The 1996 concert video A Tribute to Stevie Ray Vaughan gathers Eric Clapton, Buddy Guy, Robert Cray, B.B. King, Art Neville, Dr. John, and brother Jimmie Vaughan to celebrate the talent and life of the modern electric blues guitar virtuoso. Double Trouble and the Tilt-a-Whirl Band support these stars as they interpret Vaughan's songbook in an 80-minute concert; brief interviews with the featured artists enrich the proceedings with even more respect and affection. Highlights of Vaughan's performance on the PBS series Austin City Limits hit home just how great a talent was lost when he was killed in 1990. Ultimately, though, A Tribute to Stevie Ray Vaughan focuses on the uplifting memory of his warmth and musical gifts, keeping them alive with the help of his very able friends.
To celebrate what would have been the 60th birthday of Stevie Ray Vaughan (1954-1990), Epic Records/Legacy Recordings will issue Stevie Ray Vaughan and Double Trouble: The Complete Epic Recordings Collection, collecting the trailblazing blues guitarist s most scintillating studio and live works. Stevie Ray Vaughan and Double Trouble: The Complete Epic Recordings Collection includes the group s original four studio albums, five electrifying live releases (including the commercial debut of A Legend In The Making Live At The El Mocambo, a rare Canadian radio promo album) and a double-disc set of killer studio outtakes from throughout Stevie Ray Vaughan s incredible career, including recordings from previous reissues, box sets and posthumous compilations.
Sarah Vaughan recorded frequently during her three years with Roulette, and all 16 albums she completed for them plus five previously unissued tracks are included in this comprehensive eight-CD boxed set from Mosaic. The gifted singer is heard in a variety of settings, from superb small-group sessions to big-band settings and various dates bordering on easy listening; the sessions omitting the often syrupy string sections are the cream of this bumper crop.
Legacy's second reissue of Texas Flood, the 1983 debut from Stevie Ray Vaughan and Double Trouble, now expands the album to two CDs, adding a complete concert given at Ripley's Music Hall in Philadelphia on October 20, 1983, four months after the record was released. On the first disc, an early version of "Tin Pan Alley (aka Roughest Place in Town)" is added to the original album but that is the only carry-over from the 1999 expansion. That disc also had three live cuts, but those were taken from a different 1983 concert, so this 2013 30th Anniversary Edition offers something completely new: an entire radio broadcast featuring SRV and Double Trouble at the peak of their power. The set has few surprises…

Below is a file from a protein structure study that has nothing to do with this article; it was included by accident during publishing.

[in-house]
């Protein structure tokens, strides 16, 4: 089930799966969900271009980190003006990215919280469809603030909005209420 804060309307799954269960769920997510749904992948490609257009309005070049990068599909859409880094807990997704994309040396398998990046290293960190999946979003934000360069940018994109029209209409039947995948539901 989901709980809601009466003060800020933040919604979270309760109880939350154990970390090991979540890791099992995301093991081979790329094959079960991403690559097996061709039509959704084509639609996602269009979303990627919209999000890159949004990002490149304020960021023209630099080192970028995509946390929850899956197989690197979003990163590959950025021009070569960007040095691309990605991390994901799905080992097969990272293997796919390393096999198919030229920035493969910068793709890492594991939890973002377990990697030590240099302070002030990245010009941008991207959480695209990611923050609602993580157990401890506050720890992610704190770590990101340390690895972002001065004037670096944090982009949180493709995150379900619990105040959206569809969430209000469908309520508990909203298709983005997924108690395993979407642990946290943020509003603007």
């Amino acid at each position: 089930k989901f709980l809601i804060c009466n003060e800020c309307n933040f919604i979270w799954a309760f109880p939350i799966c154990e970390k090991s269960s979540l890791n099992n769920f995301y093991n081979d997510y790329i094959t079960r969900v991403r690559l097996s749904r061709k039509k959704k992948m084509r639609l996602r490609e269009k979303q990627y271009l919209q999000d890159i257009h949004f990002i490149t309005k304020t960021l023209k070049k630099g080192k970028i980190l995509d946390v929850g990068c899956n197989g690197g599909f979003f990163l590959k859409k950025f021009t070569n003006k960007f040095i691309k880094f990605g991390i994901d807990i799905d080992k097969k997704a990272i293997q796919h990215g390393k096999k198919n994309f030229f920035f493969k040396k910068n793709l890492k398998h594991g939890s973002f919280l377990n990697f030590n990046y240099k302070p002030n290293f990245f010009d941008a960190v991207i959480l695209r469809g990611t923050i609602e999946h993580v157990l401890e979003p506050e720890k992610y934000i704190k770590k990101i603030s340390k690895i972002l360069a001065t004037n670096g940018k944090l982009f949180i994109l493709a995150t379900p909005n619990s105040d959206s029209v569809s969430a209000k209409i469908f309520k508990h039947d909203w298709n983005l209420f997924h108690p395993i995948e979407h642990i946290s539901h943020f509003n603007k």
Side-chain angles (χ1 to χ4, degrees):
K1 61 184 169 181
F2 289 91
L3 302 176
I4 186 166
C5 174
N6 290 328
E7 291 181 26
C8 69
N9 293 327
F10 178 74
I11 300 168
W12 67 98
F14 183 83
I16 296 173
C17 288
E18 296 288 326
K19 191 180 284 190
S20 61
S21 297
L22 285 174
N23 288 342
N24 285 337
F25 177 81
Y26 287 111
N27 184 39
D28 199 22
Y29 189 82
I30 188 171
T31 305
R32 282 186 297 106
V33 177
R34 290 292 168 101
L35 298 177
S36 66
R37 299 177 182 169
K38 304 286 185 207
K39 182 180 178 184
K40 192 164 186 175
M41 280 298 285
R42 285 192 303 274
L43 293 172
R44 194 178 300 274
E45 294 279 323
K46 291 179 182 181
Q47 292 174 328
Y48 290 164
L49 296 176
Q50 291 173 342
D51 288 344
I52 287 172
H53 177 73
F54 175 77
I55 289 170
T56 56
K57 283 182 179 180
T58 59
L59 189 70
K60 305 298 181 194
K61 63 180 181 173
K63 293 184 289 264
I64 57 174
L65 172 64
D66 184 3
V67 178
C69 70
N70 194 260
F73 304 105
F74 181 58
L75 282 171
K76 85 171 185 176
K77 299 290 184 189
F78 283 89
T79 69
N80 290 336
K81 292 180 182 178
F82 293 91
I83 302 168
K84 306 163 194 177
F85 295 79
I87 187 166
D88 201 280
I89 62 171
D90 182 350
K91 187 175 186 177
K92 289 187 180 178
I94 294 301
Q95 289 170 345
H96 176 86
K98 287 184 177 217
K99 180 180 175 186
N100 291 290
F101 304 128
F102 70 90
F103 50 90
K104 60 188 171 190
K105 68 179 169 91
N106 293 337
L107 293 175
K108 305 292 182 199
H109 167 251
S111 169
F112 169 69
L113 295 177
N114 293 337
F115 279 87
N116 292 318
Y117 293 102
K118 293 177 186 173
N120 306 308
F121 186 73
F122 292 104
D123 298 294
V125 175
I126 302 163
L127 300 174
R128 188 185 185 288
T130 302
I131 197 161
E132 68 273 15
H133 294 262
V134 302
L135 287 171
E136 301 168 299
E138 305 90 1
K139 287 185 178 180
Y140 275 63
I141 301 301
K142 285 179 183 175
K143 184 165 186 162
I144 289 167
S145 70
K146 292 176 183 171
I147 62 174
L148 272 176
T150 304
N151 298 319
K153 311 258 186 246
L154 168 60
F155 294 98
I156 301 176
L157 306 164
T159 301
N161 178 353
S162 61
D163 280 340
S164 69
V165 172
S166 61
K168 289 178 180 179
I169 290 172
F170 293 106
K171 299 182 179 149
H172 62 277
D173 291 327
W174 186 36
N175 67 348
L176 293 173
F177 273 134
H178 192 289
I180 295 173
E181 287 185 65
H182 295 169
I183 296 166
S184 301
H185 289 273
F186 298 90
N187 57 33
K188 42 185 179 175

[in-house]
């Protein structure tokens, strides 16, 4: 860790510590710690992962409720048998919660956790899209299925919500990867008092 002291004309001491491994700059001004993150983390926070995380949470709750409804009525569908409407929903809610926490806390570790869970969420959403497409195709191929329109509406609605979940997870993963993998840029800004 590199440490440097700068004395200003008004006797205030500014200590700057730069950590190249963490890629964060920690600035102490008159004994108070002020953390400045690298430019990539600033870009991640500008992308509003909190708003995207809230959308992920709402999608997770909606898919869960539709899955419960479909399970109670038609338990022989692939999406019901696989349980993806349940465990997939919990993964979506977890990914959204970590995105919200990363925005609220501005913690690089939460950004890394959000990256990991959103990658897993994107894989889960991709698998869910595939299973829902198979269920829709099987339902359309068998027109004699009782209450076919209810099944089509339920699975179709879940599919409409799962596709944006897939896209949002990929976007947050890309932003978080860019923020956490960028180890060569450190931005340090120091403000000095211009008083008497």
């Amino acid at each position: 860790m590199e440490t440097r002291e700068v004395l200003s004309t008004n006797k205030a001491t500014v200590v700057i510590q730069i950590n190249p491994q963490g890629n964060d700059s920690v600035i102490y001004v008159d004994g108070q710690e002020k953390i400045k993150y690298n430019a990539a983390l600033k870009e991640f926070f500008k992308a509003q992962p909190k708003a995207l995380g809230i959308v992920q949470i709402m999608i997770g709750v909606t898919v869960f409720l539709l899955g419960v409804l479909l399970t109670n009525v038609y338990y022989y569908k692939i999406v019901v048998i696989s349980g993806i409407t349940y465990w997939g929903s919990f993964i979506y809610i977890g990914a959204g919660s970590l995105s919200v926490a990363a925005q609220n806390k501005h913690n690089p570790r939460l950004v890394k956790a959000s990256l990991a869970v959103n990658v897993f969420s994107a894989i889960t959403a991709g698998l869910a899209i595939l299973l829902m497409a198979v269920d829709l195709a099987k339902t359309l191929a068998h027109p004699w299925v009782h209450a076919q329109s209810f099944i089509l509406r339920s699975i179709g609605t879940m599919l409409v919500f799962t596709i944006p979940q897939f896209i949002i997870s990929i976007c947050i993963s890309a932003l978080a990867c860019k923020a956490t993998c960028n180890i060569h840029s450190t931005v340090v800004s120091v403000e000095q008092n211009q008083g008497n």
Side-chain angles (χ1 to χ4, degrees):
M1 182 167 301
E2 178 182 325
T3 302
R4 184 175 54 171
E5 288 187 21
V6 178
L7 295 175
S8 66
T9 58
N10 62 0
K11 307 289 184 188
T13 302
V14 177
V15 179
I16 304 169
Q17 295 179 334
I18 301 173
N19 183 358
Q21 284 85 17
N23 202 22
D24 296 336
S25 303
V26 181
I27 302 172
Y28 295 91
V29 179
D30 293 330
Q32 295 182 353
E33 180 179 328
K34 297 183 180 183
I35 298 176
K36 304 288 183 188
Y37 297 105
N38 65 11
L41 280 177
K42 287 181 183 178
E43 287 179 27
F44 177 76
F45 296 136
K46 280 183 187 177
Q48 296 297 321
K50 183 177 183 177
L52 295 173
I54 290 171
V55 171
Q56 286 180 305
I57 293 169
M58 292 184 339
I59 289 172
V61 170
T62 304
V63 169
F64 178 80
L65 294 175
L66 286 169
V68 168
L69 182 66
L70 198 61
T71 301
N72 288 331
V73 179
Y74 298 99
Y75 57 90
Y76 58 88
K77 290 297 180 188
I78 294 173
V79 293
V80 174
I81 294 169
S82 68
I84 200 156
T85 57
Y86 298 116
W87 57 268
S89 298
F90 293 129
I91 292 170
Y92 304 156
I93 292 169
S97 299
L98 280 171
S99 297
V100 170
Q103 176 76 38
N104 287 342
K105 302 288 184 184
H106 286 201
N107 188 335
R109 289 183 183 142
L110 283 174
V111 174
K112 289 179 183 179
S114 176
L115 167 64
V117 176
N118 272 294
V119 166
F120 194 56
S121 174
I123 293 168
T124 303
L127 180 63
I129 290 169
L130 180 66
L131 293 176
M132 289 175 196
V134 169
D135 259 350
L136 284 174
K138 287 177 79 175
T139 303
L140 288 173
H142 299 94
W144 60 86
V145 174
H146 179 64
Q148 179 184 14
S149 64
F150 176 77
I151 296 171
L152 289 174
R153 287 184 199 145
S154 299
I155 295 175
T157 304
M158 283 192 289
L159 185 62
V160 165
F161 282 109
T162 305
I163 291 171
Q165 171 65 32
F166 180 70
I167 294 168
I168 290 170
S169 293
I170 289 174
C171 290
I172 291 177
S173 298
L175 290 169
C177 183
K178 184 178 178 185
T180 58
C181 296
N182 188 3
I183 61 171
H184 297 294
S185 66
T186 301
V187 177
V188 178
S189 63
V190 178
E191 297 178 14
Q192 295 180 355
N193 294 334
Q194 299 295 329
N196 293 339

John McCabe's recording of Herbert Howells' clavichord music is a chance to hear some twentieth century music inspired by C.P.E. Bach's favorite instrument. While other composers were re-discovering the harpsichord, Howells' love for early English music and the instruments of two modern clavichord makers led to the composition of the three sets of miniatures: Lambert's Clavichord and Howells' Clavichord Books One and Two. Howells dedicated every piece in each set to a friend, and in the last two sets he even sometimes attempted to put something of the dedicatee into the music, whether it was a description of that person's character or an imitation of a fellow composer's style. Howells' titles, and in many instances the style of the piece, is a reference to the keyboard compositions of the English virginalists of the late sixteenth/early seventeenth centuries. On the one hand, "Lambert's Fireside" and "Goff's Fireside," named after Herbert Lambert and Thomas Goff, the two clavichord makers, are almost completely idiomatic of virginal music. On the other, the meandering tonality of "Rubbra's Soliloquy" and "E.B.'s Fanfarando" marks them as twentieth century compositions.
The pairing of Vaughan Williams' Job and his Symphony No. 9 is a logical one, not least because of the prominent role given to saxophones in both works. Vaughan Williams called Job a "masque," following old English usage, but it's a ballet in all but name, and like many of them it succeeds as a standalone orchestral work. The idea of a ballet based on the Book of Job seems slightly odd until you learn that it was inspired by William Blake's illustrations for the story, which would have been very familiar to Vaughan Williams' audiences in 1930.
Ernest John Moeran was born in London but grew up in Norfolk and had strong ties with Ireland. While still a student at the Royal College of Music he was inspired by a performance of Vaughan Williams’s Norfolk Rhapsody that seemed “to breathe the very spirit of the English countryside”, and was soon collecting folksongs for himself. Moeran’s transcriptions were taken from English and Irish traditional singers with both rural and seafaring backgrounds, rescuing music and words both entertainingly earthy and sublimely beautiful which would otherwise have died with the artists who performed them.